Stringing words together
At the age of sixteen, I decided to leave school and become a writer. My father thought I was mad. So did most of my relatives. I applied to the Herald, but in those days you needed a university degree to even be a copy boy. So I became a messenger boy at Radio 2GB.
I went there because they produced more radio drama than other networks, and a year later I was writing some of it. My dad still thought I should take a sensible job in a bank. People in those days believed banks provided lifetime security So, my dad asked, would I have lifetime security at 2GB. “Good God,” I said, “I hope not!”
Writing was a hard way to make a living when I started. There was no Australia Council, no Film Commission, no government funding of any kind (in fact I’ve never had a grant or any handout in my life.) I began this career of stringing words together with short stories, then radio scripts until we went to England where I wrote television series and plays, feature films, and after that a brand new direction and one that I loved— writing plays for the theatre.
Later, coming home to Australia I wrote a lot of television for the ABC and commercial stations. Both adaptations and original TV mini-series, these included “Captain James Cook”, “The Timeless Land and “1915”, all having world-wide sales. Most importantly, in 1992 I also began to write novels, one of which is A Distant Shore a book dealing with asylum seekers, a topic that polarised this country a few years ago, and still divides us today.
But to start at the beginning, being a writer was regarded as an odd kind of job when I was growing up in Australia, and those who practiced it were classed as very odd people. When asked what you did for a living, if you said a writer, most people looked blank or sympathetic. Others thought the actors in radio made up the words.
In this very different world, I left school aged 16 because I wanted to be a jackeroo. Don’t ask me why, but I headed off to adventure in south west Queensland hoping to be Clancy of the Overflow. Somewhere along the way, I began to think I don’t want to do this at all— I want to be a writer. The owner of the sheep station who’d paid my fare wasn’t impressed, so I had to work for a few months to pay him back, then hitchhiked home to Sydney and told the family I’d sorted my life out at last. Never mind that I’d scraped through the intermediate certificate at school and failed English grammar: I would become a writer. I can still remember there was a really long silence. My father declared I was raving mad, and sent me to see a psychiatrist.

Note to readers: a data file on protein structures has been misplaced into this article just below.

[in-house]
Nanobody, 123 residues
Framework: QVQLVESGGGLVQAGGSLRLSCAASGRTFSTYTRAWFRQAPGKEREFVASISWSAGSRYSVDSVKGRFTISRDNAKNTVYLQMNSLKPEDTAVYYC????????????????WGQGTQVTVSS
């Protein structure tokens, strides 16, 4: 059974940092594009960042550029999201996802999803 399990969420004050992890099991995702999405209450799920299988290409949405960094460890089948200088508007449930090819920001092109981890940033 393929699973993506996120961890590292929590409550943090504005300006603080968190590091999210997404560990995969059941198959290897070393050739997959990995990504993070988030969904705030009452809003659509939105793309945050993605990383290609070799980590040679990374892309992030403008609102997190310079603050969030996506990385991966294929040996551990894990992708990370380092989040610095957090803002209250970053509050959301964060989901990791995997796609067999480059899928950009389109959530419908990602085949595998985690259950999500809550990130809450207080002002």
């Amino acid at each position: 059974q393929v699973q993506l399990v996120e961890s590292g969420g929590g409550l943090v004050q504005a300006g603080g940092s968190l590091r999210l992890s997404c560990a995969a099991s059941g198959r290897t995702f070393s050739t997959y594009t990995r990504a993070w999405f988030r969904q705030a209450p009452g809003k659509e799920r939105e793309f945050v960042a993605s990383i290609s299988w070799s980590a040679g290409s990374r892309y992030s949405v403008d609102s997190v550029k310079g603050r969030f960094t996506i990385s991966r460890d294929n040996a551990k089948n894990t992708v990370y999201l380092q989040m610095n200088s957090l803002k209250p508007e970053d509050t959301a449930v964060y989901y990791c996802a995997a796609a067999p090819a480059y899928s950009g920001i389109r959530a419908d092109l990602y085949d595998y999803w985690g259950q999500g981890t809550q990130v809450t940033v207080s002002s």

My dad was a suburban GP and the shrink was a colleague. I answered lots of his questions, after which he scratched his head, rang my dad and said: ‘He’s a determined young bugger. I think I’d let him get on with it.’ They both had a bit of a chortle and convinced themselves I’d fail at this strange ambition. So I became a messenger boy at 2GB. I did aim higher, applying for a job at the Sydney Morning Herald, but was told they didn’t employ copy boys without a university degree. Whereas radio stations would take anyone, so they took me.
2GB was the key station of the Macquarie network, and produced a huge amount of radio drama. The war years had stopped overseas shows being imported, and proved Australia could make its own programs. I used to arrive in the office at seven in the morning, then write scripts until everyone arrived at nine o’clock and work began. My day was spent in running messages, then I’d go home and write some more. Most of my attempts at this time were exotic plots concerning eastern princesses or famous jewels that went missing—things I knew absolutely nothing about. I inundated the Macquarie script editor with these, until at last— in self defence I think, he said ‘Ok, we’ll give you a chance. But no turgid melodrama.’
They had a long running show called ‘Doctor Mac’. The editor said I could write one of these, and if they liked it they’d produce it. They couldn’t pay me as I was already being paid, running messages for thirty shillings a week. Anyway, I wrote it and he said it was rubbish. Stubbornly I wrote another— this time he said I showed promise.